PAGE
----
- Buy a gift card or shop online. Many NBSS alumni are small business owners who are now figuring how to make ends meet. Though many local businesses are temporarily closed or have reduced services, reach out and ask if they offer gift cards or if products can still be ordered online. Some may still be able to take on small commissions that can be safely mailed.
- Leave a positive review. If you've had a great experience with a local independent business, artisan, craftsperson, why not share it? Increasing the ratings of a business by leaving 5-stars and good written reviews on Google, Facebook, or Yelp is a huge benefit to any business, as it boosts their online presence.
- Promote them on social media. We're all probably spending even more time scrolling through our feeds than ever before. Let your network know which businesses you stand behind and look forward to visiting again when life returns to normal. (And don't forget to follow @nbssboston on Instagram, Facebook, and Twitter, where we will continue to share the many great small businesses of our alumni community.)
Take a Deep Breath, and Connect with Creative Communities
- Use social media for good. You've no doubt noticed that instead of going radio silent, most of the content creators you love are still posting engaging content to keep us connected, uplifted, and motivated. If you're looking for ideas, visit our Facebook, Instagram, Twitter, and LinkedIn feeds to take part in making challenges, see what our alumni are up to, stop by for a Wednesday #LunchBreak, or join virtual meetups. Be sure to tag @nbssboston to show us what you're working on!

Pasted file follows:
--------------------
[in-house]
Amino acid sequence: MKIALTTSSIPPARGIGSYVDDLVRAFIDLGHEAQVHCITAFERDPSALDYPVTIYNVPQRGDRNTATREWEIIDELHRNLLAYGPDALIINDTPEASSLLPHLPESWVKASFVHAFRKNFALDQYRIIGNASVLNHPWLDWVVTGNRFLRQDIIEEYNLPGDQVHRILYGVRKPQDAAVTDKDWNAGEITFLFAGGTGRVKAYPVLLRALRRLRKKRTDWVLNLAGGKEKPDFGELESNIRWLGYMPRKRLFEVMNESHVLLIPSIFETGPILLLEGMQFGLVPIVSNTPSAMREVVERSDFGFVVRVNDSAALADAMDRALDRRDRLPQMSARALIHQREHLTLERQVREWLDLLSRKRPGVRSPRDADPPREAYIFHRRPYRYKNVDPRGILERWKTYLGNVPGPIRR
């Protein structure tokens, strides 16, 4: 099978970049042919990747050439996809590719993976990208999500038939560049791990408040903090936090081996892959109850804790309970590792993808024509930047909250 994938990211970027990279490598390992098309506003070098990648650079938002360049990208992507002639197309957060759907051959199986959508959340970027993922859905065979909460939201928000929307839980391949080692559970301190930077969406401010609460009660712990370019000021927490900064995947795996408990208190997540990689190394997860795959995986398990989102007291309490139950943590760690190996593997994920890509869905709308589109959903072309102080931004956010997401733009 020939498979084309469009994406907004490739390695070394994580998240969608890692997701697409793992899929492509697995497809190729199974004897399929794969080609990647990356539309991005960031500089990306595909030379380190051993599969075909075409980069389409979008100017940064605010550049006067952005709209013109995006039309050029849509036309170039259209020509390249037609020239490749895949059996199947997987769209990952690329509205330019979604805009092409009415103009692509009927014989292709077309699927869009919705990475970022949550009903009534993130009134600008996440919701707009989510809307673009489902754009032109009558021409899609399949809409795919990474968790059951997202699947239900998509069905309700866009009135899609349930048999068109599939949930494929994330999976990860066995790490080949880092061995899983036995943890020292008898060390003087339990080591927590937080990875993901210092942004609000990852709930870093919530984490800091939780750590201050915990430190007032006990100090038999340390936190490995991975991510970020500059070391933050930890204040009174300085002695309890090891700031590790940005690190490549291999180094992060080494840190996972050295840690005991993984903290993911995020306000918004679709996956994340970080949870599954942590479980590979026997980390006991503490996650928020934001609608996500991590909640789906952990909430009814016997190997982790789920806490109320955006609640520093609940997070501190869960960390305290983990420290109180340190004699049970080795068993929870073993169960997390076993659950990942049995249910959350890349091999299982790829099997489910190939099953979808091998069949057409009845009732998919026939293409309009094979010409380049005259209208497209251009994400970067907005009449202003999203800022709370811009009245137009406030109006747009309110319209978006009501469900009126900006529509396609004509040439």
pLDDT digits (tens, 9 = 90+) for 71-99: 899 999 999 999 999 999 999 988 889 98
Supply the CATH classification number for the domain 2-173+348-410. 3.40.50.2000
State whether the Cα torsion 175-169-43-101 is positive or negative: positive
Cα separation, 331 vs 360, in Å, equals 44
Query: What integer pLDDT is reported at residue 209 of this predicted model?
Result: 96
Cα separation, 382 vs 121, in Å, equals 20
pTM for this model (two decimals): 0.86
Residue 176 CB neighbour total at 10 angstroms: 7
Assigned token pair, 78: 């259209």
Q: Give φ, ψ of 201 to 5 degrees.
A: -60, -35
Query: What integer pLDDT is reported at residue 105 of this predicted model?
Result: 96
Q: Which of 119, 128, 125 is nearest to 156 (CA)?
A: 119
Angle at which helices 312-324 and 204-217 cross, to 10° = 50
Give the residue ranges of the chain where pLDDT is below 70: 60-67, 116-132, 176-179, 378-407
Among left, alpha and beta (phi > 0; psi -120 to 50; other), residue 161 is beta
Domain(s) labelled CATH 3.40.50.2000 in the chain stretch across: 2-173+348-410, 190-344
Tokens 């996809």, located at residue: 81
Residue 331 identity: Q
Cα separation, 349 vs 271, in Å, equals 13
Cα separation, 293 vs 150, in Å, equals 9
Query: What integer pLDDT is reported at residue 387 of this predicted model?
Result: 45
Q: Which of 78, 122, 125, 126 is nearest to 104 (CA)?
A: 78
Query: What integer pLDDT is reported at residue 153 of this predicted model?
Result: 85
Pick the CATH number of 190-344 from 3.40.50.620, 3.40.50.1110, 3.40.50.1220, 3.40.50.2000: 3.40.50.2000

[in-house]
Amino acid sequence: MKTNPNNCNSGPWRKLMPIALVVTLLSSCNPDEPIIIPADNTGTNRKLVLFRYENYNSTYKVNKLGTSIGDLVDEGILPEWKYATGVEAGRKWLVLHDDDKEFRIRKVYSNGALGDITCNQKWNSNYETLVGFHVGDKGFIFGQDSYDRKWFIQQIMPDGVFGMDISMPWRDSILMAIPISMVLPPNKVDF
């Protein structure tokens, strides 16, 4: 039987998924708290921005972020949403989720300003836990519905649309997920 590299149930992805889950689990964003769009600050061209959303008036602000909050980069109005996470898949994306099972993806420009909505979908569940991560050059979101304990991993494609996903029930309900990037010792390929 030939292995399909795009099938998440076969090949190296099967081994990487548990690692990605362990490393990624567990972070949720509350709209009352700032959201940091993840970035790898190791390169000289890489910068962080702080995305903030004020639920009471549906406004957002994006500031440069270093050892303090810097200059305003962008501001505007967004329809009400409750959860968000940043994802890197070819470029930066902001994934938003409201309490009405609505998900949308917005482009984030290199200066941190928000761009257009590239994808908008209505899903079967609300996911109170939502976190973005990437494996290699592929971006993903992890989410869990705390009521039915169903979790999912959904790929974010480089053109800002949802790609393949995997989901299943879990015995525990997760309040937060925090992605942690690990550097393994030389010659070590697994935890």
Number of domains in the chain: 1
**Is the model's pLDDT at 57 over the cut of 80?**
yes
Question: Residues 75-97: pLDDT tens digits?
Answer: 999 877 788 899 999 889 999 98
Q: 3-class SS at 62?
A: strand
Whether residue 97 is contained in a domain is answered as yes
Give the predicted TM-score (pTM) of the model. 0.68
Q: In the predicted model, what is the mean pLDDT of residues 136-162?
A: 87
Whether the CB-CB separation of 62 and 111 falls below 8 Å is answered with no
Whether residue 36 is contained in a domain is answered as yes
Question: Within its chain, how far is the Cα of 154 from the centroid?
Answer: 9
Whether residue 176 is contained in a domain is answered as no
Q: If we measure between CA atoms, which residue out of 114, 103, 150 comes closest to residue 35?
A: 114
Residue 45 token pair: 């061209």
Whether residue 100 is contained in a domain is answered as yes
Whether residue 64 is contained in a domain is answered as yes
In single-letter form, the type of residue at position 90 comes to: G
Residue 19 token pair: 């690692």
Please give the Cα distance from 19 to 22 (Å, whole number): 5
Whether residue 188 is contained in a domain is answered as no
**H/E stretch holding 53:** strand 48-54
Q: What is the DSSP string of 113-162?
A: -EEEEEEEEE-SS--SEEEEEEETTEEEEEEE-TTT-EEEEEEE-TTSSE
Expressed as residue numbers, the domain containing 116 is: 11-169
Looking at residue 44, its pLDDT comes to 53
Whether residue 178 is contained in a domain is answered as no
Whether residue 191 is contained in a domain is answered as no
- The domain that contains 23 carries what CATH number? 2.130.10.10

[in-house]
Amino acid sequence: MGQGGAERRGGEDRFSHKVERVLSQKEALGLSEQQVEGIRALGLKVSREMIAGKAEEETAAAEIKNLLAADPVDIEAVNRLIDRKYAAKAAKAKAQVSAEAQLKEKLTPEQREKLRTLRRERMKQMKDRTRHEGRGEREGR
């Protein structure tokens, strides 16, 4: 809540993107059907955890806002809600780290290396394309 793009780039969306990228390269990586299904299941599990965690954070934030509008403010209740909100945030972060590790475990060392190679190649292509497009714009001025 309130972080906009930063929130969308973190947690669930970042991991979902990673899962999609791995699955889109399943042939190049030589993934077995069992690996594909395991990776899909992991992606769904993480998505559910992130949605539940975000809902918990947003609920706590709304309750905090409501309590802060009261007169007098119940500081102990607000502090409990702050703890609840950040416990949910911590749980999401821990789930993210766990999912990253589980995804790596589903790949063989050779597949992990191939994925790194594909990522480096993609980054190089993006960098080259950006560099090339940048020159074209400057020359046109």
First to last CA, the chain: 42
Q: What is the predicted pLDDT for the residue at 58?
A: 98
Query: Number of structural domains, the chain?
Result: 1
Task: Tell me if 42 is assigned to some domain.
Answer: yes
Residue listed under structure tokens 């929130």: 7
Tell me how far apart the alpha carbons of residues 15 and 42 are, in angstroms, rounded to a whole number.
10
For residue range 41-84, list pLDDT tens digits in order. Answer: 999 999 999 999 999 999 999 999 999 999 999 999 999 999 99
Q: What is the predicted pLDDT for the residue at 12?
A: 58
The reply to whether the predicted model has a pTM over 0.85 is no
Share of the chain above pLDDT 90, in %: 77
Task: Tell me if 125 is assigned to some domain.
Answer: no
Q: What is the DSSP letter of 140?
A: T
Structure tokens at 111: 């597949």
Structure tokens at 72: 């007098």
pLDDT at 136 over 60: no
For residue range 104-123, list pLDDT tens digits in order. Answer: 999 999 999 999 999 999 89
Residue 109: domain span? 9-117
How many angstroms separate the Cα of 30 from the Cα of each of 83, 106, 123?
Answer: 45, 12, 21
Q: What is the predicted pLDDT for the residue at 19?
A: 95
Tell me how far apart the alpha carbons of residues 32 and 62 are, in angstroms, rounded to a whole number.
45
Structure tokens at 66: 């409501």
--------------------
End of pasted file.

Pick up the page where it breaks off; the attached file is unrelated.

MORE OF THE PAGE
- Netflix and chill with creativity-inducing shows. Take a break from the news and reduce your anxiety a little with calming and inspiring series like Making It, The Repair Shop, The Joy of Painting with Bob Ross, Great British Baking Show, or the Bon Appetit Test Kitchen.
- Log off and read a book instead. We polled our community for book recommendations, and got a flood of suggestions. We compiled them into a selection of books on hands-on work, tools, history, and making beautiful things. Or, check out this list of 11 how-to books for crafting at home.
- Add a new podcast to your listening list. Here's a few suggestions for makers, designers, and artisans.
Don't Stop... Learning
- Museums have more than exhibits. Many museums and historic sites have been building up online virtual tours, remote learning activities, and lesson plans for years. Search for the sections for families and for schools and teachers on their websites. There's a wealth of resources from the American Folk Art Museum, the National Park Service, the National Museum of American History, our North End neighbor Old North Church, and Historic Artists' Homes & Studios.
- Dive deeper into a book. Check out a collection of books and paired hands-on activities for various age levels from Start with a Book, including a series centered on Builders and Buildings.
- There's a wealth of resources out there – even for free. Check out this constantly-growing, massive list of educational resources, including ones offered for free or without a subscription due to school closings.